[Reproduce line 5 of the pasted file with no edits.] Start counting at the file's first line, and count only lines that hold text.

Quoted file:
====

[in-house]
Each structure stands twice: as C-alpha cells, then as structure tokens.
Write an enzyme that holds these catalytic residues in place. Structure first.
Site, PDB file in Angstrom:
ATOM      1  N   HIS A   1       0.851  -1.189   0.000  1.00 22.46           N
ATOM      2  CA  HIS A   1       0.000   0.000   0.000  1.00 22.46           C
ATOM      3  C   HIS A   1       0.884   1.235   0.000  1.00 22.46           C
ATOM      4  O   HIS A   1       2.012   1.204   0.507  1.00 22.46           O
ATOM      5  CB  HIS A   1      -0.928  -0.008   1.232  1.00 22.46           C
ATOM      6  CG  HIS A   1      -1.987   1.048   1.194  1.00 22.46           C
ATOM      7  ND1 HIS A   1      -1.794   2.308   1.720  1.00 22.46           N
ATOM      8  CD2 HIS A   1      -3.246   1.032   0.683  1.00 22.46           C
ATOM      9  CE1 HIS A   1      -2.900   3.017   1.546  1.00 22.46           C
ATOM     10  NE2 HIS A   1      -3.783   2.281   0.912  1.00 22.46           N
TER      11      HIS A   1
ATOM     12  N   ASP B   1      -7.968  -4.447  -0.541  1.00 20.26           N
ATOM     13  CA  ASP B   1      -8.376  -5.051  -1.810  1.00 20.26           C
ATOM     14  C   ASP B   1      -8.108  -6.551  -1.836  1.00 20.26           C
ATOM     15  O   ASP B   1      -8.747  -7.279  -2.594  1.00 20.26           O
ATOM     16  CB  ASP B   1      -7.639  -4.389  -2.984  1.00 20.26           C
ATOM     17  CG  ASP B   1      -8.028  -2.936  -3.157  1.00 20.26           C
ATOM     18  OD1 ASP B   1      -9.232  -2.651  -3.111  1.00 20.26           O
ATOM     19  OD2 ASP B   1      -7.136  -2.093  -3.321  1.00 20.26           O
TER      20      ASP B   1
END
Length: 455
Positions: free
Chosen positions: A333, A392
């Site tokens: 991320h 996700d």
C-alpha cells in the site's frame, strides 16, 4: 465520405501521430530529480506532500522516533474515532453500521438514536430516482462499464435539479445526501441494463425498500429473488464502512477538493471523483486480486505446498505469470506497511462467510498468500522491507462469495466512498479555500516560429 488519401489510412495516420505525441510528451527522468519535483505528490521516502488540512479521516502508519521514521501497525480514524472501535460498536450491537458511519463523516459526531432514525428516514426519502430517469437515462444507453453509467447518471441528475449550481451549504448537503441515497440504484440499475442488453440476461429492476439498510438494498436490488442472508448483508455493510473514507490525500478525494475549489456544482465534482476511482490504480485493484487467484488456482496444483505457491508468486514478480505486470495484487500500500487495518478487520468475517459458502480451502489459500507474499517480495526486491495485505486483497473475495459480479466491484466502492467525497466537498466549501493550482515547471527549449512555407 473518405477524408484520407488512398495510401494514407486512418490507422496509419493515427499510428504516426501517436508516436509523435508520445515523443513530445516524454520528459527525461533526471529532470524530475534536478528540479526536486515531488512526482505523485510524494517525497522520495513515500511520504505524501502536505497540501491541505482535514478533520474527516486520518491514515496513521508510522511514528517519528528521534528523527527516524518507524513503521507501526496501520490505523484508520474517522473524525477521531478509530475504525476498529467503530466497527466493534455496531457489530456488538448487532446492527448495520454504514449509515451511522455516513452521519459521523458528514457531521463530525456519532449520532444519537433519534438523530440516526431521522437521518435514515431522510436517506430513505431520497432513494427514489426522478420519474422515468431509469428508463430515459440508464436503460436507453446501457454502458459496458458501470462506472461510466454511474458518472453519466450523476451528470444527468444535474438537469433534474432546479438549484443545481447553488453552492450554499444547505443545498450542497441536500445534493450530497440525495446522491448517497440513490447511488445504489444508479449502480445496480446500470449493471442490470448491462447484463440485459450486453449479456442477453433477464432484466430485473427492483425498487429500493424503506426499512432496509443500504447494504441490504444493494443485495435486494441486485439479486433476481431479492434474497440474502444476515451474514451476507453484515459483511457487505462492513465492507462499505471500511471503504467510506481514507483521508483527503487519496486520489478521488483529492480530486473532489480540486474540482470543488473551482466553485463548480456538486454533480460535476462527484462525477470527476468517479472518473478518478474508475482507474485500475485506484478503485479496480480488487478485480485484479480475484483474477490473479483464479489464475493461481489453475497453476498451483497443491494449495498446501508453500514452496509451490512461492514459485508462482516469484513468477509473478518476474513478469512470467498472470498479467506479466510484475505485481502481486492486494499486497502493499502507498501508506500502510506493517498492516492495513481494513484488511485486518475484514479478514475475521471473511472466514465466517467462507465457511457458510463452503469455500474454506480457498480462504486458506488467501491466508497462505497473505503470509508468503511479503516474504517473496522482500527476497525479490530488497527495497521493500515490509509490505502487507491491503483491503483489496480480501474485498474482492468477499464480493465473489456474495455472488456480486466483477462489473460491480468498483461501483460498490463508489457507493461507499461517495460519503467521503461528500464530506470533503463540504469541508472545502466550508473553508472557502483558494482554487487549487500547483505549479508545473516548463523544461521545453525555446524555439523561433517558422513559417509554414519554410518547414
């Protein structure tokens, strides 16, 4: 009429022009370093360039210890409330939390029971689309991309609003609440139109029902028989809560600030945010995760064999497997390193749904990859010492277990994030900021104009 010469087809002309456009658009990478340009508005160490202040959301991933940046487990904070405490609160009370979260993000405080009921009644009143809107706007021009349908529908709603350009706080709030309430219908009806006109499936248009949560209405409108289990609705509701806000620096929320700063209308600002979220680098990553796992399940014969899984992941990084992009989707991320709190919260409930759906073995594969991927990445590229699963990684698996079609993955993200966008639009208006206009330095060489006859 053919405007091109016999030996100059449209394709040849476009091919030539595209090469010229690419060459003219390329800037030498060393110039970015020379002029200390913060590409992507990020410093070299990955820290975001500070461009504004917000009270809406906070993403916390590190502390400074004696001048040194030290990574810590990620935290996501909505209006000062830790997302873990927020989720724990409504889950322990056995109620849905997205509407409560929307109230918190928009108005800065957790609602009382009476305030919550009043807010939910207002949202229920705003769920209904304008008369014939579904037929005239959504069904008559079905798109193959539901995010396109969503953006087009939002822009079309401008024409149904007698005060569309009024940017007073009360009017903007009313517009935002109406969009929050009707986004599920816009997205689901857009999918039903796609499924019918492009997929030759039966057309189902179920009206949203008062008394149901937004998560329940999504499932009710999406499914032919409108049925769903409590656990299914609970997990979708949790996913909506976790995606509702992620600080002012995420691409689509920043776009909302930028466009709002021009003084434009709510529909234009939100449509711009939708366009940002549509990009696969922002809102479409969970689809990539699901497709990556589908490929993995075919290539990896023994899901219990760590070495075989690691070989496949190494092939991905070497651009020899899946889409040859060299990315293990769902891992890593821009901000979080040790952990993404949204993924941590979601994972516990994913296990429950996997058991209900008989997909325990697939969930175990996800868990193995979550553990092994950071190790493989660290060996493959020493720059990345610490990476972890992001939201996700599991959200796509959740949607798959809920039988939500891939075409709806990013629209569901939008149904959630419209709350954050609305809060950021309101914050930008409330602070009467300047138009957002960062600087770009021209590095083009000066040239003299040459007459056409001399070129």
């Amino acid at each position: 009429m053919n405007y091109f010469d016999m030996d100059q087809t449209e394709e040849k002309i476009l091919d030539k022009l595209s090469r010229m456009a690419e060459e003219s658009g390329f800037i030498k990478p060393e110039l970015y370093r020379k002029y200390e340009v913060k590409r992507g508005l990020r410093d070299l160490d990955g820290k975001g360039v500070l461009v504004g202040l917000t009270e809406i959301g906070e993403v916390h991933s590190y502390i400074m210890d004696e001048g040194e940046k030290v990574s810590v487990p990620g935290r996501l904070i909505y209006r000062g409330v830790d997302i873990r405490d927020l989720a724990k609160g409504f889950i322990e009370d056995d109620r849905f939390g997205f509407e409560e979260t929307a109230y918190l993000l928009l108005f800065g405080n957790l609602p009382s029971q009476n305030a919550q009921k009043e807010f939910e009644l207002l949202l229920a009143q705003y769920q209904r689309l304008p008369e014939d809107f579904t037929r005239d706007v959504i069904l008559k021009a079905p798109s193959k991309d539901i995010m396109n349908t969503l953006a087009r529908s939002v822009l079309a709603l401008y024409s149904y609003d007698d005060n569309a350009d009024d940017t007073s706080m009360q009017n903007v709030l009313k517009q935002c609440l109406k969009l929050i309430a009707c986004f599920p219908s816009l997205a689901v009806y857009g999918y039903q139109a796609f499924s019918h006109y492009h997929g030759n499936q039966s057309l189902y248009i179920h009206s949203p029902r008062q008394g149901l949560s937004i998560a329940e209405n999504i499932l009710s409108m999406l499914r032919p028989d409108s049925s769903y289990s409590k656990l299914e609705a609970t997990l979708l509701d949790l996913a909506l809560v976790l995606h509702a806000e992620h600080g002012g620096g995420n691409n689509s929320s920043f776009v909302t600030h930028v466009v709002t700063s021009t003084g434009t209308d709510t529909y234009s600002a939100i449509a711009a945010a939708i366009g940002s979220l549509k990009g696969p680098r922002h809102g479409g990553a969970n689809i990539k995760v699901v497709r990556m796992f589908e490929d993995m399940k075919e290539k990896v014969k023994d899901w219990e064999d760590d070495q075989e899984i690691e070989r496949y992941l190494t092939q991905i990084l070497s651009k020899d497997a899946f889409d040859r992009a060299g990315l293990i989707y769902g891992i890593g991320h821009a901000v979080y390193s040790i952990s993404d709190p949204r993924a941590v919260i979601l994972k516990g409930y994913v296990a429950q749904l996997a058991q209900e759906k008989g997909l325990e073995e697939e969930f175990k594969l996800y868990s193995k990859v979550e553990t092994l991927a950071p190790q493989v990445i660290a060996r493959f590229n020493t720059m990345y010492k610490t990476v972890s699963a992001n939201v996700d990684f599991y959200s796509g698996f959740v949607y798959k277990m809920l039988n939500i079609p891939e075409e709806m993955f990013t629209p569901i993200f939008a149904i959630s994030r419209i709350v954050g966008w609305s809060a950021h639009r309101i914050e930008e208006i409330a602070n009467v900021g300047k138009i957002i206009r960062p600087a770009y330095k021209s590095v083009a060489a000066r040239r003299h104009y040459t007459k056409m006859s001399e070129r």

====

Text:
ATOM      1  N   HIS A   1       0.851  -1.189   0.000  1.00 22.46           N